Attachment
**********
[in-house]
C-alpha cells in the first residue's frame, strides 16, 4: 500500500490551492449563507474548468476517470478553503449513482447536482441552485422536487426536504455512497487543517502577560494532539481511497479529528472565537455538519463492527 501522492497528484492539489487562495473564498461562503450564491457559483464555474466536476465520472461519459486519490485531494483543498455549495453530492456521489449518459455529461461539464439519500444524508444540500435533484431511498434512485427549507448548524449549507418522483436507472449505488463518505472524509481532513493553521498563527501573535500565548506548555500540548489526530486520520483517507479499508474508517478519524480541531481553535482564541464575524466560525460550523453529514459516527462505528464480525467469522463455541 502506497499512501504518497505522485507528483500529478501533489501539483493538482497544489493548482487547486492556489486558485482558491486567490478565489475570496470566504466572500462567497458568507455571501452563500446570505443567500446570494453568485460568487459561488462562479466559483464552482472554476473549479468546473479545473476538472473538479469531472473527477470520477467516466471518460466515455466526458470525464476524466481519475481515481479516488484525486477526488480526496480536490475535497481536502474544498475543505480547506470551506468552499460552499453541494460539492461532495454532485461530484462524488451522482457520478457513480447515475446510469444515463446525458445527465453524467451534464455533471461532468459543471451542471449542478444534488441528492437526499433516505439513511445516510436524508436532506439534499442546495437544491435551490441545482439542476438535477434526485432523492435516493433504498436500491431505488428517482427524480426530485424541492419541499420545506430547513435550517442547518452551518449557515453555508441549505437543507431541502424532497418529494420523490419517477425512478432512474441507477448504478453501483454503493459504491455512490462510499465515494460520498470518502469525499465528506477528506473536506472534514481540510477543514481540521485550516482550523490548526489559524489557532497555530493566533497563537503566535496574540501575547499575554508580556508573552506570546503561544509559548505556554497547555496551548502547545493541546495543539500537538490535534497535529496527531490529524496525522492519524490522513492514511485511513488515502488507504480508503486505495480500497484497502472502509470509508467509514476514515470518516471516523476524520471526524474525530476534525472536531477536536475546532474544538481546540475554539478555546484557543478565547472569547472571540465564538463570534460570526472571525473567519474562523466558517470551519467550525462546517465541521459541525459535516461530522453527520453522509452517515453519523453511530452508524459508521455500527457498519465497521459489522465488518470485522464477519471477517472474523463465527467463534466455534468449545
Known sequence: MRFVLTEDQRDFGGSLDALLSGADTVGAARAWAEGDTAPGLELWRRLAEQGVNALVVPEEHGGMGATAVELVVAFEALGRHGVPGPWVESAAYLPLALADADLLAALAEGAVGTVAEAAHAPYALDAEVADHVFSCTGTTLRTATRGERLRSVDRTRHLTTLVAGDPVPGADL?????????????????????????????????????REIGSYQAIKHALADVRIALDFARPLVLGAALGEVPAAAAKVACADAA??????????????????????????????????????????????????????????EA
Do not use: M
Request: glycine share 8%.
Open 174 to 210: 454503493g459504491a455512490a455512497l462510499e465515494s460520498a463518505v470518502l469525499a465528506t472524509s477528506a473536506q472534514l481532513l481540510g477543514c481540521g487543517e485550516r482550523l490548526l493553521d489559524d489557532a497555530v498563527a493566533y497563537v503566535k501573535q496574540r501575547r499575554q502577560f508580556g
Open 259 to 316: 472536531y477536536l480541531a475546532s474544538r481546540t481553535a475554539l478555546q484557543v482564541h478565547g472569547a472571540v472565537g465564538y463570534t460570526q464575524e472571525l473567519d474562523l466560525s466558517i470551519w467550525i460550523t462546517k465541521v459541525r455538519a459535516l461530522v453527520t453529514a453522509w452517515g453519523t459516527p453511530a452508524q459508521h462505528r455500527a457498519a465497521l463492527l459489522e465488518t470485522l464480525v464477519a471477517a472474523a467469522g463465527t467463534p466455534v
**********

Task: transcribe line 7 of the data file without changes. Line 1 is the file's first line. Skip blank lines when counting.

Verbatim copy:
Open 259 to 316: 472536531y477536536l480541531a475546532s474544538r481546540t481553535a475554539l478555546q484557543v482564541h478565547g472569547a472571540v472565537g465564538y463570534t460570526q464575524e472571525l473567519d474562523l466560525s466558517i470551519w467550525i460550523t462546517k465541521v459541525r455538519a459535516l461530522v453527520t453529514a453522509w452517515g453519523t459516527p453511530a452508524q459508521h462505528r455500527a457498519a465497521l463492527l459489522e465488518t470485522l464480525v464477519a471477517a472474523a467469522g463465527t467463534p466455534v